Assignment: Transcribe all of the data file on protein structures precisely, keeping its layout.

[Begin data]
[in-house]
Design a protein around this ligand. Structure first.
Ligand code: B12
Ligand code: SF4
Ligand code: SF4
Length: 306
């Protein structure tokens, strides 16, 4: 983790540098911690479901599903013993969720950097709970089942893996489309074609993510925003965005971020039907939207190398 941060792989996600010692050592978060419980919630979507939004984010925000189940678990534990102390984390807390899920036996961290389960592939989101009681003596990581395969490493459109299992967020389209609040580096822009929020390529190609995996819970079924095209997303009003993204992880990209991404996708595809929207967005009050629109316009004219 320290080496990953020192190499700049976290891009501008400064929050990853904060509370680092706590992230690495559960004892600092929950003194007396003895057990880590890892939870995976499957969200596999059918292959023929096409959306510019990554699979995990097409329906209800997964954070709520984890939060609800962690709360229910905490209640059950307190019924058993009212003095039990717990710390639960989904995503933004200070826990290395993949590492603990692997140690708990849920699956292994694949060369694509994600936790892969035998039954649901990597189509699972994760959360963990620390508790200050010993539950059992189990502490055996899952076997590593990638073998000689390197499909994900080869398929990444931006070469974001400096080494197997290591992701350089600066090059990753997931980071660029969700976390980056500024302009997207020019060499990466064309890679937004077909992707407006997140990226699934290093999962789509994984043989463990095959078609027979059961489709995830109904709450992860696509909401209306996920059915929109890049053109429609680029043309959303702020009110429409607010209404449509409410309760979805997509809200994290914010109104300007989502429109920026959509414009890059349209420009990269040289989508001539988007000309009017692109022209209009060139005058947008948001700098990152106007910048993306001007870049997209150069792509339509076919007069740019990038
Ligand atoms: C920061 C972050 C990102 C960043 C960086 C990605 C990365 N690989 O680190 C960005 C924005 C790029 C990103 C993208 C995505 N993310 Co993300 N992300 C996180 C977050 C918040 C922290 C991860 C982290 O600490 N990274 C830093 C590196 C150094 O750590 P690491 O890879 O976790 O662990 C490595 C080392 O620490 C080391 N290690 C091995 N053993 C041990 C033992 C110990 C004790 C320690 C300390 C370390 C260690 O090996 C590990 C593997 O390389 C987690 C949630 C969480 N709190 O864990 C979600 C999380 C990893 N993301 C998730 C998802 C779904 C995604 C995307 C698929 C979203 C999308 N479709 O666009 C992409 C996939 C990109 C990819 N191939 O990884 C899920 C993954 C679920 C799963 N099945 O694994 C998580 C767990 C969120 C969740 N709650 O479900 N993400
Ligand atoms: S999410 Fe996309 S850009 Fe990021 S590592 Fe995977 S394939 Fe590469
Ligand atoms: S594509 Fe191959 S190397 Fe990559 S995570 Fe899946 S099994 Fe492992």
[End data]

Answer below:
[in-house]
Design a protein around this ligand. Structure first.
Ligand code: B12
Ligand code: SF4
Ligand code: SF4
Length: 306
């Protein structure tokens, strides 16, 4: 983790540098911690479901599903013993969720950097709970089942893996489309074609993510925003965005971020039907939207190398 941060792989996600010692050592978060419980919630979507939004984010925000189940678990534990102390984390807390899920036996961290389960592939989101009681003596990581395969490493459109299992967020389209609040580096822009929020390529190609995996819970079924095209997303009003993204992880990209991404996708595809929207967005009050629109316009004219 320290080496990953020192190499700049976290891009501008400064929050990853904060509370680092706590992230690495559960004892600092929950003194007396003895057990880590890892939870995976499957969200596999059918292959023929096409959306510019990554699979995990097409329906209800997964954070709520984890939060609800962690709360229910905490209640059950307190019924058993009212003095039990717990710390639960989904995503933004200070826990290395993949590492603990692997140690708990849920699956292994694949060369694509994600936790892969035998039954649901990597189509699972994760959360963990620390508790200050010993539950059992189990502490055996899952076997590593990638073998000689390197499909994900080869398929990444931006070469974001400096080494197997290591992701350089600066090059990753997931980071660029969700976390980056500024302009997207020019060499990466064309890679937004077909992707407006997140990226699934290093999962789509994984043989463990095959078609027979059961489709995830109904709450992860696509909401209306996920059915929109890049053109429609680029043309959303702020009110429409607010209404449509409410309760979805997509809200994290914010109104300007989502429109920026959509414009890059349209420009990269040289989508001539988007000309009017692109022209209009060139005058947008948001700098990152106007910048993306001007870049997209150069792509339509076919007069740019990038
Ligand atoms: C920061 C972050 C990102 C960043 C960086 C990605 C990365 N690989 O680190 C960005 C924005 C790029 C990103 C993208 C995505 N993310 Co993300 N992300 C996180 C977050 C918040 C922290 C991860 C982290 O600490 N990274 C830093 C590196 C150094 O750590 P690491 O890879 O976790 O662990 C490595 C080392 O620490 C080391 N290690 C091995 N053993 C041990 C033992 C110990 C004790 C320690 C300390 C370390 C260690 O090996 C590990 C593997 O390389 C987690 C949630 C969480 N709190 O864990 C979600 C999380 C990893 N993301 C998730 C998802 C779904 C995604 C995307 C698929 C979203 C999308 N479709 O666009 C992409 C996939 C990109 C990819 N191939 O990884 C899920 C993954 C679920 C799963 N099945 O694994 C998580 C767990 C969120 C969740 N709650 O479900 N993400
Ligand atoms: S999410 Fe996309 S850009 Fe990021 S590592 Fe995977 S394939 Fe590469
Ligand atoms: S594509 Fe191959 S190397 Fe990559 S995570 Fe899946 S099994 Fe492992």